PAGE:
Which is a Safer Parking Method?

Most drivers are accustomed to parking in a particular way. But is one method better than the other? Does it really make a difference whether we back into or pull forward into a parking spot? As a matter of fact, often it does. Backing into a parking spot is generally consider safer than pulling into it, but that doesn’t mean it is best in all circumstances.[1]

Some reasons why it may be safer to back into a parking place

  • Backing into a parking space requires pulling past it first. This gives you much better visibility of the spot itself and could help you avoid hitting a motorcycle, grocery cart, or debris. These smaller objects are often hard to see as you turn and pull forward into a parking spot with cars on both sides.[2]
  • Backing in gives you optimal visibility as you exit your parking space. This is important because you will be entering the vehicular and pedestrian traffic in the parking lot.[3] Rear-view cameras can provide improved visibility as you back out of a parking space, but most are not as good as the visibility you have looking out of your windshield.
  • Backing in allows you to exit your parking spot more quickly in case of an emergency.

Of course, backing into a parking space has a few downsides as well

  • Sometimes other drivers in the parking lot might not expect you to back in. This can lead to some confusion, and you might lose a spot if someone pulls into it behind you.
  • Loading groceries or other items can be difficult if your trunk is too close to the car in the spot behind you.
  • It can be more difficult to park properly park between two cars when doing so in reverse.

In some situations, like angled parking spots in some grocery store parking lots, backing in may not be an option at all. Other spots, such as angled or parallel street parking in Texas city centers, it may be necessary to pull in facing forward. It’s always safer to use these parking setups the way they were intended.

Studies on Parking

A recent study was commissioned that suggests a connection between backing into a parking spot, delayed gratification, and economic success.[4] That study found that, within the parking lots observed, only 6% of cars in America were backed into their parking spots, compared to 88% percent in China. In the same time period, the United States had a 1.5% productivity gain, while China had a 17.8% productivity gain.[5] The way you park certainly won’t affect your economic situation, but it may indicate your mindset on delayed gratification, which does affect financial success.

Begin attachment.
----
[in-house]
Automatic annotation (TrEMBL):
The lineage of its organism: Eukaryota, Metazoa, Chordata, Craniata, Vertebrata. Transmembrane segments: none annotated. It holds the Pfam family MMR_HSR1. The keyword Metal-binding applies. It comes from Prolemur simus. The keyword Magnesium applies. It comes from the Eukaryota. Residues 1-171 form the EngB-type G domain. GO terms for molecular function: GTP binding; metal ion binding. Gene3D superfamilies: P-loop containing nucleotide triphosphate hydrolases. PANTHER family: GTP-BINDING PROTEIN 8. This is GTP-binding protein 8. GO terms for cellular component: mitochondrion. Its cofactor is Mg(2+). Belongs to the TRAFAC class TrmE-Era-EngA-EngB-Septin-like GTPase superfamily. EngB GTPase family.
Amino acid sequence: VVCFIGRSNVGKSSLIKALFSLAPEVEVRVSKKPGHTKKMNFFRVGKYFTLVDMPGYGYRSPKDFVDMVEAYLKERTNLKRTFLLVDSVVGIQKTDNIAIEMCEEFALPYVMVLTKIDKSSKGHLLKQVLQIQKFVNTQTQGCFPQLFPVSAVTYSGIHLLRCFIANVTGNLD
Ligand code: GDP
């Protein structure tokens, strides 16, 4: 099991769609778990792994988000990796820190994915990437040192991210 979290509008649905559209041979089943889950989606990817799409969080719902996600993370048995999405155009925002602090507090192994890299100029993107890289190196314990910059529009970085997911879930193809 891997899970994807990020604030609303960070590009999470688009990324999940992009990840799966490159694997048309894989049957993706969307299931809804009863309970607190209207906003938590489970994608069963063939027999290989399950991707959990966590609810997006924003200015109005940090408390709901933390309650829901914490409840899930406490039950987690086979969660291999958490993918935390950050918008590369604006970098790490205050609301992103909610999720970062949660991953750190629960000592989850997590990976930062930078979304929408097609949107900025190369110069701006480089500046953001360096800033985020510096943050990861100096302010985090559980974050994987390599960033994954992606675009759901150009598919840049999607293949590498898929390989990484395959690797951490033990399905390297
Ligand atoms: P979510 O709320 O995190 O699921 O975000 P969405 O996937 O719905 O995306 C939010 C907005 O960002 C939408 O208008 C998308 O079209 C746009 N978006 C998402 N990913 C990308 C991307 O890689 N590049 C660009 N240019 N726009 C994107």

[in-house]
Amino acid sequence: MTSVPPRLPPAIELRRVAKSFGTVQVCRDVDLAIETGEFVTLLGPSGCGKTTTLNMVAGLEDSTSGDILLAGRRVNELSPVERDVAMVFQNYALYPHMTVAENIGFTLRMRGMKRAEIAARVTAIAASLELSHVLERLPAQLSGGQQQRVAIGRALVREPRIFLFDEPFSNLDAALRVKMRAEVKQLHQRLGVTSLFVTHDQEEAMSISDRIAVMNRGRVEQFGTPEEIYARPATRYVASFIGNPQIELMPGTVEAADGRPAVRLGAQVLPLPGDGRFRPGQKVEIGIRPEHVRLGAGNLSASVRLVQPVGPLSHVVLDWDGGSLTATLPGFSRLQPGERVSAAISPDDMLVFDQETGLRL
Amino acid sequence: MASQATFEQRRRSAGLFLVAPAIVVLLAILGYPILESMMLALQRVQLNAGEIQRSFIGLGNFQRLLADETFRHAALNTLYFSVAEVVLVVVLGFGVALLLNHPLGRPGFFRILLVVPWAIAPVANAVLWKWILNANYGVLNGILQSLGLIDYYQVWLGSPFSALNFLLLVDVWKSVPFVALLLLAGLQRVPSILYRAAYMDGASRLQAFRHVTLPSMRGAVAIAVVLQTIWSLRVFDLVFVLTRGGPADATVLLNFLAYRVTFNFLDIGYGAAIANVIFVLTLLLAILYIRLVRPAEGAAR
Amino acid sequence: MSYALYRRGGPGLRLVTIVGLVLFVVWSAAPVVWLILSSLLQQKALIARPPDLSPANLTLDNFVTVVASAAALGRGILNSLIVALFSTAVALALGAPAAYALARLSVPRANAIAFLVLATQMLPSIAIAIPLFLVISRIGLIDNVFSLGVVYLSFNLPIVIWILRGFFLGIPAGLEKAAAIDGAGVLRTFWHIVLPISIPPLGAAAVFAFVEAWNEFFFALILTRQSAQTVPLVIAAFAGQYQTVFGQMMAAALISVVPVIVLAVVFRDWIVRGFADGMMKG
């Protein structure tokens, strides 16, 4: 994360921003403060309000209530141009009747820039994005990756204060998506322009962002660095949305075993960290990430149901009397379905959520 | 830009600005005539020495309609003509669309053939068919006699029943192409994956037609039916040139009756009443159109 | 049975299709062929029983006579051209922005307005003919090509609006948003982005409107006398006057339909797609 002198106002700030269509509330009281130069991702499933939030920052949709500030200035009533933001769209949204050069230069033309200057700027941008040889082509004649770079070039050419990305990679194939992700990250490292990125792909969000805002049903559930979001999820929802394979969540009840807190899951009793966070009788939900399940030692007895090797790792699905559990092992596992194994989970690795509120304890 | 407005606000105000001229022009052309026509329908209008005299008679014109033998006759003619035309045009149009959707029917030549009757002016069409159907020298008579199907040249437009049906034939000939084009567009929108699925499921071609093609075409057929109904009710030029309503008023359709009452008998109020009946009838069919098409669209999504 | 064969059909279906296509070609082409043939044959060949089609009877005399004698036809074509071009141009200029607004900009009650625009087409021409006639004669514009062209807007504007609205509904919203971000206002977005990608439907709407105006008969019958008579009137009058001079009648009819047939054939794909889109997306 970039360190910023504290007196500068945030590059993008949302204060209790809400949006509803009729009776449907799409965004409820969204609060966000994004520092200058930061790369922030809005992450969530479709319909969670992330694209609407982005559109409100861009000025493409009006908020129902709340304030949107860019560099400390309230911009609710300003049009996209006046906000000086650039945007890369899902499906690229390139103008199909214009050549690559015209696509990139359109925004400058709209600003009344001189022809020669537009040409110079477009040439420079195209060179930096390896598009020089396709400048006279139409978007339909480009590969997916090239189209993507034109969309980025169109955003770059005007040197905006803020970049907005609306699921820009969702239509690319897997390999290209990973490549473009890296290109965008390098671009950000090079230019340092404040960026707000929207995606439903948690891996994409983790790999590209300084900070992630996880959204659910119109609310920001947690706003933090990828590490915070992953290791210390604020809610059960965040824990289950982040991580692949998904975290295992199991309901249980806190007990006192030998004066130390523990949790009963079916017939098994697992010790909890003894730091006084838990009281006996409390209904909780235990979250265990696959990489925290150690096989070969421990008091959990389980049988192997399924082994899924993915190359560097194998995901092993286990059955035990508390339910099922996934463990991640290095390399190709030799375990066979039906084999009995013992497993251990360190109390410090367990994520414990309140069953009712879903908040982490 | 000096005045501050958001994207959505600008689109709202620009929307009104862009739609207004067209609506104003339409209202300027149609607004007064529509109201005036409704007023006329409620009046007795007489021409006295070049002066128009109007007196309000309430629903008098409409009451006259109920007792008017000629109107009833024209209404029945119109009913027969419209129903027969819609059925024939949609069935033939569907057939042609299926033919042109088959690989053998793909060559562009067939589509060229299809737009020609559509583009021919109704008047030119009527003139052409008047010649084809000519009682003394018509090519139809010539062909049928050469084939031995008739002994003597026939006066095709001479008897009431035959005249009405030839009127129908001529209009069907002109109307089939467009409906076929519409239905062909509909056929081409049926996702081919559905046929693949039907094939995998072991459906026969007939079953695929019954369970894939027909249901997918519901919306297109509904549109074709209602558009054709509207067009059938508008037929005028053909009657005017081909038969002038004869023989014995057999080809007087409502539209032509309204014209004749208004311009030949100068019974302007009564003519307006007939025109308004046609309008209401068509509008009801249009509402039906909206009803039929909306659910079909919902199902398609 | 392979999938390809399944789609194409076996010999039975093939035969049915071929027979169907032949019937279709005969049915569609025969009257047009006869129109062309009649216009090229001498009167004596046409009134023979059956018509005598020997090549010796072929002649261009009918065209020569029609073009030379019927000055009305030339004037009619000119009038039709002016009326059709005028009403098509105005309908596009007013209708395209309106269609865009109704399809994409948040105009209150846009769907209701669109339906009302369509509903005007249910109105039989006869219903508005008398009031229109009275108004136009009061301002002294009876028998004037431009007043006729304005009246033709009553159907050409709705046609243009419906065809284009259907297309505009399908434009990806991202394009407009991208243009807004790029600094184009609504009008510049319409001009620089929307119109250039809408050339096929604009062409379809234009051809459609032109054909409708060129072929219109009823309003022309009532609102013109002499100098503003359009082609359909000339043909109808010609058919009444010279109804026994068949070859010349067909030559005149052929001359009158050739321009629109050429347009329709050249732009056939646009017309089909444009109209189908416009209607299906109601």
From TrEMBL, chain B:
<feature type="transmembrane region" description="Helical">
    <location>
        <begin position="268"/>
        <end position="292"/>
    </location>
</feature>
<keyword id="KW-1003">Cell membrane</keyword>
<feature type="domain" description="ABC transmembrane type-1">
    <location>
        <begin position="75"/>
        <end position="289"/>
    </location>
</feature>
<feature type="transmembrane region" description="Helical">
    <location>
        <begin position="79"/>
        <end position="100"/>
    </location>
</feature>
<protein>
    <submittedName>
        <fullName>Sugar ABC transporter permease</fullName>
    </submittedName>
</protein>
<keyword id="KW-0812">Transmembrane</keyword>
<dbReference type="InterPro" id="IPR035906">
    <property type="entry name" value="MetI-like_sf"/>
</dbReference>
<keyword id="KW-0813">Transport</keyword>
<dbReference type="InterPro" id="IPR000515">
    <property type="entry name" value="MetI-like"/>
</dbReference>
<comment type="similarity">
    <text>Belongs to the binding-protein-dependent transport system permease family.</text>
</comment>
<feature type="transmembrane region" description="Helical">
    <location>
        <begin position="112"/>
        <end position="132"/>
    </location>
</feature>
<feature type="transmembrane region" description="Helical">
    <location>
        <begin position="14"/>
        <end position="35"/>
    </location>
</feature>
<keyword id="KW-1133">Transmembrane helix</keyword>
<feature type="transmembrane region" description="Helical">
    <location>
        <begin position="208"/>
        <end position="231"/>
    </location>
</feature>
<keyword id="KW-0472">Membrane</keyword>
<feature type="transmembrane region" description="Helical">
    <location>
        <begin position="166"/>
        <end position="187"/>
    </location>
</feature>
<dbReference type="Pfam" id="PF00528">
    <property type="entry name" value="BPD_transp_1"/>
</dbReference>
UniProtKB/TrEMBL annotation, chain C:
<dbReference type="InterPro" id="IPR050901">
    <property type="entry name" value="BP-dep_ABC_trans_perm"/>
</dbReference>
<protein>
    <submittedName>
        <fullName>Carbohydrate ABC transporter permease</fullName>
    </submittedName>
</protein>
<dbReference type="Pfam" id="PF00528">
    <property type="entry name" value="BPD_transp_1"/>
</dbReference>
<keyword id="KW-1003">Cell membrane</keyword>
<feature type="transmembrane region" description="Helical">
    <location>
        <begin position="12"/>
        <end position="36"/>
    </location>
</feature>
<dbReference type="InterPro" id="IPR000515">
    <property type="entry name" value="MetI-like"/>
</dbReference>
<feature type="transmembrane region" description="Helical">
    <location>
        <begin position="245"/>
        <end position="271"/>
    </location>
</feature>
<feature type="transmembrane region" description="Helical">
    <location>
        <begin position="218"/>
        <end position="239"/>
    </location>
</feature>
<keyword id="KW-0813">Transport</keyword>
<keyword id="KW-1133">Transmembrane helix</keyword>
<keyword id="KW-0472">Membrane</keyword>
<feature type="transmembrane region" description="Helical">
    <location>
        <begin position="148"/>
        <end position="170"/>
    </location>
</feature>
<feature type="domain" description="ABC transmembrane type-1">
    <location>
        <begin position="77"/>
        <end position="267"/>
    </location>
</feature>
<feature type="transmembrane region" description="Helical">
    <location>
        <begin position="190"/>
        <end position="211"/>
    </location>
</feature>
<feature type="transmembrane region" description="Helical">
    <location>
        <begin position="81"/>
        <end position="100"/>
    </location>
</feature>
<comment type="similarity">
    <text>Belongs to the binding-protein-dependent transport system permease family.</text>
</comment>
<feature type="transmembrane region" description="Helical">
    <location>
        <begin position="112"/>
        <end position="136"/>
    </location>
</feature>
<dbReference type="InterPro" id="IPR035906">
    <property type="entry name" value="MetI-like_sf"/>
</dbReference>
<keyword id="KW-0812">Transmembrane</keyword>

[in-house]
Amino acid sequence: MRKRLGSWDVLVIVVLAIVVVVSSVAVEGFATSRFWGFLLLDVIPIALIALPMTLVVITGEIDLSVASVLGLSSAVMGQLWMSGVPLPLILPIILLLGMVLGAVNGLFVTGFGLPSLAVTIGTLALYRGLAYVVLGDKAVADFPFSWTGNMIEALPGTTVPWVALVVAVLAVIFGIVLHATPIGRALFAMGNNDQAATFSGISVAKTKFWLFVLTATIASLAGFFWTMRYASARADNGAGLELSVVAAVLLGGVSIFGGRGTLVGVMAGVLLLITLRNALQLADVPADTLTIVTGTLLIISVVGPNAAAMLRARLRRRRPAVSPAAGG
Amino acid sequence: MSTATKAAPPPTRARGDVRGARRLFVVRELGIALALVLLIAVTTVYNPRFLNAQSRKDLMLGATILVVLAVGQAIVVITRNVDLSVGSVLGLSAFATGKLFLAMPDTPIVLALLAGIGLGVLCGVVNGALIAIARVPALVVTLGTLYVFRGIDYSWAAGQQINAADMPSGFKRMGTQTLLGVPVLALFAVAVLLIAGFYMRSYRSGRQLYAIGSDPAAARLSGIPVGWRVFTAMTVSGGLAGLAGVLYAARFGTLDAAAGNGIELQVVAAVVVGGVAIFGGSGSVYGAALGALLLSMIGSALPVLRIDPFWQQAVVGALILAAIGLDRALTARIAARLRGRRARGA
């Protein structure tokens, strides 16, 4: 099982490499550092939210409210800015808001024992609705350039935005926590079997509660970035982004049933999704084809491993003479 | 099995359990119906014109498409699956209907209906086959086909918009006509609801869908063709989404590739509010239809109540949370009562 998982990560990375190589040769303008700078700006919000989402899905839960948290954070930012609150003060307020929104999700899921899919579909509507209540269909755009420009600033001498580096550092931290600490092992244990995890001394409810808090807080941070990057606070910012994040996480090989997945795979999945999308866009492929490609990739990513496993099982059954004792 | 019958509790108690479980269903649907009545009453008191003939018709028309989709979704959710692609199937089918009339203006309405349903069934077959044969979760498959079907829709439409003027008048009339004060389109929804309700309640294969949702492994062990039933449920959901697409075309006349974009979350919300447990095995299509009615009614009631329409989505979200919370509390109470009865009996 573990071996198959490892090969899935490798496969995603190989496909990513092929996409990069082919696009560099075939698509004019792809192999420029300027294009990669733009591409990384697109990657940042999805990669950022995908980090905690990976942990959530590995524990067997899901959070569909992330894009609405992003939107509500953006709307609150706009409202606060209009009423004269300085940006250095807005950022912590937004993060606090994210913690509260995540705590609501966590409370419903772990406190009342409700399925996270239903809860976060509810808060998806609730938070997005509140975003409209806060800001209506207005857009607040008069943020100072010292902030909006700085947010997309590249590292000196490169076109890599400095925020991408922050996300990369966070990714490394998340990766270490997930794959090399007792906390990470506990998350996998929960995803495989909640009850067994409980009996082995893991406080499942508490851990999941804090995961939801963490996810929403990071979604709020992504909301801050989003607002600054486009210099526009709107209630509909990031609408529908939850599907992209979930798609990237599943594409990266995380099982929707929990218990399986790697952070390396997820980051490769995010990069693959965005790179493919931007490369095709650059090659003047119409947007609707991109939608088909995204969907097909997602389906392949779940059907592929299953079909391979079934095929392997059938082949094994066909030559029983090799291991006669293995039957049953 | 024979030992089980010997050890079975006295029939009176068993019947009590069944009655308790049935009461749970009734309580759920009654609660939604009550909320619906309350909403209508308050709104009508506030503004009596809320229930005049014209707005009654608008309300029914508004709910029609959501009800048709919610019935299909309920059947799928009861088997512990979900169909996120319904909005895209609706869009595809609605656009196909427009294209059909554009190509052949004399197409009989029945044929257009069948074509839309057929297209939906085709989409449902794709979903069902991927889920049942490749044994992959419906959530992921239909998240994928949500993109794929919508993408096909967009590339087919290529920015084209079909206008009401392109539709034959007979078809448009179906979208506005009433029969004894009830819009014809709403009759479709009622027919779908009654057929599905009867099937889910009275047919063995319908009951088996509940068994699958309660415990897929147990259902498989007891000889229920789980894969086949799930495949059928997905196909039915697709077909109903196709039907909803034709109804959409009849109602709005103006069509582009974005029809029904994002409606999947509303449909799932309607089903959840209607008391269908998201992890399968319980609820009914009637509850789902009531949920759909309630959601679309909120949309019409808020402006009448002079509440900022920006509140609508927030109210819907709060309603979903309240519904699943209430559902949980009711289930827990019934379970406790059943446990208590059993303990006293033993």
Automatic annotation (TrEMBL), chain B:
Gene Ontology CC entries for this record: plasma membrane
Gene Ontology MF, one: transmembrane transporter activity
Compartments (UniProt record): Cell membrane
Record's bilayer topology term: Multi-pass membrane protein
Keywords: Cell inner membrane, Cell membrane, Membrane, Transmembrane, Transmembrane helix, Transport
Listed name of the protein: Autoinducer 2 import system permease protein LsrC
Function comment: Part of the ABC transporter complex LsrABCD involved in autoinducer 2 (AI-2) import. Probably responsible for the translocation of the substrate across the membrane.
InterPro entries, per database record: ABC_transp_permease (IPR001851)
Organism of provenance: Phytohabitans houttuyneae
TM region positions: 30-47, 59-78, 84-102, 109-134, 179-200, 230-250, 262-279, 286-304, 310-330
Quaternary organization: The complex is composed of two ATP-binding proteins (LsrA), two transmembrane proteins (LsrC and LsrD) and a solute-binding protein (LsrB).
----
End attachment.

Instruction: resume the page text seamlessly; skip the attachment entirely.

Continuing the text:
So why do most of us still pull into a parking space forward-first? It may be habit, it may be preference, or it may be that we haven’t known any better. However you decide to park your car, remember to stay focused, observant, and considerate of those around you. Doing so will help all of us stay safe no matter how we park.

Texas Laws on Parking

No matter what your parking preference, everyone as to follow the laws governing parking in their area. In Texas, you are not permitted to stop, stand, or stop your car in a variety of places. For instance, you cannot  double park. This is when you position your car on the highway side of another automobile that is at the edge of a roadway or a curb. You cannot park your car in the crosswalk, walkway, or (of course) in an intersection. It is likewise unlawful to park in between a designated safety zone and the curb. When parking, you need to stay at least 30 feet from the opposite end of a safety zone.

Driving in Texas necessitates motorists to focus on their environment and to the laws of the roadway. This does not stop if you are parking your car. In reality, if you park improperly or in the incorrect location, you might end up being a threat to other drivers. It is extremely important to take notice of the parking laws and to comply with them. It will keep you and others safe, and it will guarantee you do not get a parking ticket or have your automobile booted or towed. The following are some selected excerpts from the parking laws in Texas.

Section 545.303 of the Texas Transportation Code states that:

  1. For street parking: you must be parked parallel and be less than 18 inches from the curb.
  2. TDOT can put signs anywhere they think that parking may be obstructive
  3. Local ordinances or Texas law may permit angled parking in certain areas

Paying a Ticket online in San Antonio

You can pay your parking ticket online at the city of San Antonio website online payments page.


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